'A Mad Max world painted with a finer brush' Elle
'An unforgettable journey into a hauntingly imagined near-future' Ruth Ozeki
'Set in a drought-ravaged Southern California trolled by scavengers, Gold Fame Citrus burns with a dizzying, scorching genius' Vanity Fair
Desert sands have laid waste to the south-west of America. Las Vegas is buried. California - and anyone still there - is stranded. Any way out is severely restricted. But Luz and Ray are not leaving. They survive on water rations, black market fruit and each other's need. Luz needs Ray, and Ray must be needed. But then they cross paths with a mysterious child, who needs them more than anything - and the thirst for a better life begins.
Claire Vaye Watkins's much-anticipated and lauded first novel delivers on her promise as one of America's best new writers.
APPLE BOOKS REVIEW
Every once in a while we read a book that haunts our imagination day and night. American author Claire Vaye Watkins’ vision of a drought-ravaged California—and the feverish story of Luz and Ray, a couple newly in love who embark on a perilous journey to protect a neglected toddler—is searingly inventive. Gold Fame Citrus’ dazzling prose and feverish imagery will take your breath away.
It's the near future: water is running out and a vast sand dune that covers whole towns is growing. Los Angeles is empty except for the hippies, survivalists, and grifters who've evaded the government-mandated evacuation. Ex-model Luz Dunn is on her way out of L.A. when she meets Ray, a soldier fresh from the "forever war." After taking in a toddler, they head for a rumored desert settlement no simple task given the oppressive heat, gas and water shortages, and border guards. In her first novel, Watkins, a native Nevadan whose story collection Battleborn (which won multiple awards) was also set in the West, makes canny use of the region's history and myths, the way it's been shaped by dreamers (explorers, prospectors, Mormons, would-be starlets, Okies), and the limits of its water supply. Luz and Ray's story is the heart of the book, but Watkins adds an array of documents and voices depicting a West that provides nuclear-waste storage (and radioactivity) and "gold, fame, citrus" as well as racism and government-controlled resource management. She's alive to the powerful pull of romantics, cultists, and saviors; with Levi Zabriskie a master dowser, naturalist, conspiracy theorist, and leader of a desert community in particular she's added a memorable character to their roster. The book is packed with persuasive detail, luminous writing, and a grasp of the history (popular, political, natural, and imagined) needed to tell a story that is original yet familiar, strange yet all too believable.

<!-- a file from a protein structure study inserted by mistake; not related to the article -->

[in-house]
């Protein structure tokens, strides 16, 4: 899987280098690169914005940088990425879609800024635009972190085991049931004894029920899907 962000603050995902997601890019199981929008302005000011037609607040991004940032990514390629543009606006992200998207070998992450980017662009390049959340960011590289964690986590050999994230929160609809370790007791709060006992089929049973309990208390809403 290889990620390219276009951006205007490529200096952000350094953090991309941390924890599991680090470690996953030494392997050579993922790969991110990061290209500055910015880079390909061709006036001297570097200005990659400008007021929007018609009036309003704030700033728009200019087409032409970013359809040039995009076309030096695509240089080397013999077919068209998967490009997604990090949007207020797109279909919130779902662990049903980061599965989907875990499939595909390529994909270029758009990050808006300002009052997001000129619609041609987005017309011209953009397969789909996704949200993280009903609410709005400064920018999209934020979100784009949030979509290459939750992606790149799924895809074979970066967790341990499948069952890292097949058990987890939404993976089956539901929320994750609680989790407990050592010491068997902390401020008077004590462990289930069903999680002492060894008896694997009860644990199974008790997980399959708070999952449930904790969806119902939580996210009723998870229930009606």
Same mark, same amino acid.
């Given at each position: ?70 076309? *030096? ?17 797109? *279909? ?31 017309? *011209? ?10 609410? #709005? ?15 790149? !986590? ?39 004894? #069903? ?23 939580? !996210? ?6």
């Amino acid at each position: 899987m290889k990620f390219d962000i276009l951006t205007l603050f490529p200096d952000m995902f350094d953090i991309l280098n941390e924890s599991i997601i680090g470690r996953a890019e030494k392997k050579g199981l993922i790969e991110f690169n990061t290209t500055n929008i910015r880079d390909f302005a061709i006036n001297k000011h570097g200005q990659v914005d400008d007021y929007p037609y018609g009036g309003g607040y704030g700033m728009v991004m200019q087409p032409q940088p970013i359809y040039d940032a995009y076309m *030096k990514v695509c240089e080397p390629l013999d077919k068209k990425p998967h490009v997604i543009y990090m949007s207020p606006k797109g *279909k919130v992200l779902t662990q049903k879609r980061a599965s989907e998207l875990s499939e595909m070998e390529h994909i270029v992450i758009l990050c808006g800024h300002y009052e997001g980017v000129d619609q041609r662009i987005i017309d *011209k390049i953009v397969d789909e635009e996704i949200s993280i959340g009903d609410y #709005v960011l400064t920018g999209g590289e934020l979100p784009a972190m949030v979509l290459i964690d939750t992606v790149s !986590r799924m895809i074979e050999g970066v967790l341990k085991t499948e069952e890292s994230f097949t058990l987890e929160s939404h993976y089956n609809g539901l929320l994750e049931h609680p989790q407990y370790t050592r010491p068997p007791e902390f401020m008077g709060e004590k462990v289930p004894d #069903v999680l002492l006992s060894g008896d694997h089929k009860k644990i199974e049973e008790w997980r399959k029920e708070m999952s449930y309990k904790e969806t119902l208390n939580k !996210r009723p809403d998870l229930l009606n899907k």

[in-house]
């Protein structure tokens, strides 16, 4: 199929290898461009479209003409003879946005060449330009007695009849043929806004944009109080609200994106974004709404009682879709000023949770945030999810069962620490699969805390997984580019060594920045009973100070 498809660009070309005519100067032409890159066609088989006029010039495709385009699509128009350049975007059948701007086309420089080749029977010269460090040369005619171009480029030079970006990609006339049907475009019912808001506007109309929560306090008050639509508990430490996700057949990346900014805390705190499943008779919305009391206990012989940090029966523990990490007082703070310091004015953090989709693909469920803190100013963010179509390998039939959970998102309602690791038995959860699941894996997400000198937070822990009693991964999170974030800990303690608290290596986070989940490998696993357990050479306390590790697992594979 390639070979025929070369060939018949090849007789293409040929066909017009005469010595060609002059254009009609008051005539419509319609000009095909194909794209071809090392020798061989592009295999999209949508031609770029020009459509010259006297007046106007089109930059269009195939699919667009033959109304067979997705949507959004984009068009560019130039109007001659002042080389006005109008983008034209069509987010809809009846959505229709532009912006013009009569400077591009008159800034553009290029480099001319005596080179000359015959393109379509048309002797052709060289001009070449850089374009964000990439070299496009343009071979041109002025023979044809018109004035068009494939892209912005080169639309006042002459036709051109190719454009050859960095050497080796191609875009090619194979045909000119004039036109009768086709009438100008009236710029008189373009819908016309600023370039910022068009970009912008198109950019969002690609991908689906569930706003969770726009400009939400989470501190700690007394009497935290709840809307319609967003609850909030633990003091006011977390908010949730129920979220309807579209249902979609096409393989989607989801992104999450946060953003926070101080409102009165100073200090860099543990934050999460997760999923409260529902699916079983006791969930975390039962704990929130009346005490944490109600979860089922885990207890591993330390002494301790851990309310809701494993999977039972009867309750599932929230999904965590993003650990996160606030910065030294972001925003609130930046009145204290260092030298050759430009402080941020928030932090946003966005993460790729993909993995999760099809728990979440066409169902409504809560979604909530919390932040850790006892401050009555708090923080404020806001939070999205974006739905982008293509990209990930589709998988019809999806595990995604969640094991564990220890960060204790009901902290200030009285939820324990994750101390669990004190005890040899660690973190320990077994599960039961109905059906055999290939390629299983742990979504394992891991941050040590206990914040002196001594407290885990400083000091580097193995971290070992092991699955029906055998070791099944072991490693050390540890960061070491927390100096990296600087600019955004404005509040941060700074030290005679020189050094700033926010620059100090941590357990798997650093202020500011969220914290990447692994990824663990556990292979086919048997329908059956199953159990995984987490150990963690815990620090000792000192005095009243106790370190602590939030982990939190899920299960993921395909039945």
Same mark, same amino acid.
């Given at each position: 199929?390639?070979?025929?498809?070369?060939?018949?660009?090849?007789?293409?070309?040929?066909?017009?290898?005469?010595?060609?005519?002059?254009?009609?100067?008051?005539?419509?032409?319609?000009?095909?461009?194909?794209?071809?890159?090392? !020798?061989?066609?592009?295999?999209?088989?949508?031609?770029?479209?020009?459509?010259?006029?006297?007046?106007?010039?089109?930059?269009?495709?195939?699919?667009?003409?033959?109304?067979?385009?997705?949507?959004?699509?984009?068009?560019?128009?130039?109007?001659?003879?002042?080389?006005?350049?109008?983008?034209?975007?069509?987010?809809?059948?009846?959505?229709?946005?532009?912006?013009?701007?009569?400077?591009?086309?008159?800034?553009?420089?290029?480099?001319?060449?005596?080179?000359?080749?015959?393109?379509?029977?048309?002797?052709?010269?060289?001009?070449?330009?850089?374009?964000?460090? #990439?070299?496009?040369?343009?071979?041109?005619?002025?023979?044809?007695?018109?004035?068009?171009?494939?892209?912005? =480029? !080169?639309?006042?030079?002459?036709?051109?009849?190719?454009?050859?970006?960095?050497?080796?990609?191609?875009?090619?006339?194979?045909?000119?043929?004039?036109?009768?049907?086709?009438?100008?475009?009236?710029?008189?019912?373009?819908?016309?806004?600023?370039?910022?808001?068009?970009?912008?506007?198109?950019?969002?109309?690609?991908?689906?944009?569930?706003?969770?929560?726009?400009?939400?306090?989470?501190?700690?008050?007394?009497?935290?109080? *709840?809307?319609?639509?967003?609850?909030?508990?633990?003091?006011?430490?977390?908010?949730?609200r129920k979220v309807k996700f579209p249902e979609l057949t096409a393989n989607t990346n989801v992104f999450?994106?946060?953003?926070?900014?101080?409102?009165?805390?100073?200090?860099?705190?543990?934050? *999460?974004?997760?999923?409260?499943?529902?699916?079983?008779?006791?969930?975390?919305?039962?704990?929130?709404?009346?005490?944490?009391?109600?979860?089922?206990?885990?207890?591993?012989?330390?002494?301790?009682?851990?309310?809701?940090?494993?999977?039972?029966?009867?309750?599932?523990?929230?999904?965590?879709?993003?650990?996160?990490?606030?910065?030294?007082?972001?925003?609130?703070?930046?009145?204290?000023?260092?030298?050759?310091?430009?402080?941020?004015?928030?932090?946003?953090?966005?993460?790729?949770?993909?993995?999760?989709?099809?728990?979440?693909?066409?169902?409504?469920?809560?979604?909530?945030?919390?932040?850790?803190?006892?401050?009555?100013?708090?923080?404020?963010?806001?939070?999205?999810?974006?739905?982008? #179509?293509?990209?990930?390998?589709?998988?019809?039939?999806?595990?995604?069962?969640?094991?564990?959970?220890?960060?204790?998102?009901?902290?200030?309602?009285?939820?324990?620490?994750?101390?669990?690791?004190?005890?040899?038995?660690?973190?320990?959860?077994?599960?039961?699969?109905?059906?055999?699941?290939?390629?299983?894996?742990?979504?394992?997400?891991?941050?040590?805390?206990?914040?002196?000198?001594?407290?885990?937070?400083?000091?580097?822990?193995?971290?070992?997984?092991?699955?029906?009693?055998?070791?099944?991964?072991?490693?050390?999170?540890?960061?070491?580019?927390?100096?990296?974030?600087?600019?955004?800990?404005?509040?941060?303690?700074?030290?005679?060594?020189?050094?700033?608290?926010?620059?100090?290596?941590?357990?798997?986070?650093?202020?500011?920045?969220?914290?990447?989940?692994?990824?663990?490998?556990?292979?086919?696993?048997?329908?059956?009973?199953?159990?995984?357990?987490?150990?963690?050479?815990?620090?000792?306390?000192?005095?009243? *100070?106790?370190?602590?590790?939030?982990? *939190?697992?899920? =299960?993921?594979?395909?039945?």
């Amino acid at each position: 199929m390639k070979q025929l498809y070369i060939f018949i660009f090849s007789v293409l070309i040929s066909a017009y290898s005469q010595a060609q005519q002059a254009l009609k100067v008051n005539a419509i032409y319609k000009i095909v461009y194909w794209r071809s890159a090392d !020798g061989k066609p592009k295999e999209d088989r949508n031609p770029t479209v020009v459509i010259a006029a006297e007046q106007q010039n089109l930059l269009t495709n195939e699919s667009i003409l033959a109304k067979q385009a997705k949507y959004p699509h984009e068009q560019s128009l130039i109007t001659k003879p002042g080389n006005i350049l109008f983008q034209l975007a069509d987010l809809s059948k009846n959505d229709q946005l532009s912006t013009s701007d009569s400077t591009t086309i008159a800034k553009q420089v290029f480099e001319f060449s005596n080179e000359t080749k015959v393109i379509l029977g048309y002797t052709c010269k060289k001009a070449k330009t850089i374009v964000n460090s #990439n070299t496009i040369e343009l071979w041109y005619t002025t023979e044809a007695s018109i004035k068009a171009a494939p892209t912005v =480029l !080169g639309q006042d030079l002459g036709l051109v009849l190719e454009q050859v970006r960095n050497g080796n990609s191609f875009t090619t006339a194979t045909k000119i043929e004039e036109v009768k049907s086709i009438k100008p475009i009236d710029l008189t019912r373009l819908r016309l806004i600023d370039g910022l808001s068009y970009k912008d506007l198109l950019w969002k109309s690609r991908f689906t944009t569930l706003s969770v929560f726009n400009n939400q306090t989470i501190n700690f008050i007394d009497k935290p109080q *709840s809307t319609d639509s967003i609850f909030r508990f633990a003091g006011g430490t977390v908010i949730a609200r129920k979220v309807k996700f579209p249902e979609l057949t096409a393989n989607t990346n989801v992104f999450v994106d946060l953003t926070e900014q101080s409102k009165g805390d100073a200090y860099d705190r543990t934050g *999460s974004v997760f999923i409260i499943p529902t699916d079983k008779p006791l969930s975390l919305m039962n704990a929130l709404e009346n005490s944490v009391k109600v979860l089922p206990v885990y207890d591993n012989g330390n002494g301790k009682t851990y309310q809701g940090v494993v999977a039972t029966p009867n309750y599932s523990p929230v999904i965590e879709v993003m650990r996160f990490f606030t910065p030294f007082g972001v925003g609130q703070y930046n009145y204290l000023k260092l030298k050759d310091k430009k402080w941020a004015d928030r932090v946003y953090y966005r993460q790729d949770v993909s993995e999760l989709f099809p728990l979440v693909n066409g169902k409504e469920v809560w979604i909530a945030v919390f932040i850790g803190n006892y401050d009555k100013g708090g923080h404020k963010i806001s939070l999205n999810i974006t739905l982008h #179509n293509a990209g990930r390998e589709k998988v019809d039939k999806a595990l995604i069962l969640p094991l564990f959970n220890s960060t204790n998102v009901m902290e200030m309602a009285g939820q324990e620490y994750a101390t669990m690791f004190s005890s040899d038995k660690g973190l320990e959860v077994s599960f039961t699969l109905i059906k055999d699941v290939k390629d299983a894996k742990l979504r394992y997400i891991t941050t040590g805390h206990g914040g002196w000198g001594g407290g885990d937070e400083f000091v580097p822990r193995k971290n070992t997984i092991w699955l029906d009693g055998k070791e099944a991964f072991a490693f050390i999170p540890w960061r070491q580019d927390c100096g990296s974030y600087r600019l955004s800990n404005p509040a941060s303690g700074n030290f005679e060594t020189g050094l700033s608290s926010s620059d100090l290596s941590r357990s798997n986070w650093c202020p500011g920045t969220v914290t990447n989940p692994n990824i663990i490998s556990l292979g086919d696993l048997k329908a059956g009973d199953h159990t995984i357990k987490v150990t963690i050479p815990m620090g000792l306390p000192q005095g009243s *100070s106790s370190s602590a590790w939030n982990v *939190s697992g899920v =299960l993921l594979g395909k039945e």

Customer ReviewsSee All
Gritty and Beautiful
An absolute joy to read!
Watkins conjures a haunting, dried-out world full of chancers, scavengers and grifters.
You’ll get swallowed by this book and love it.
It’s like Atwood and McCarthy lost in a magical desert.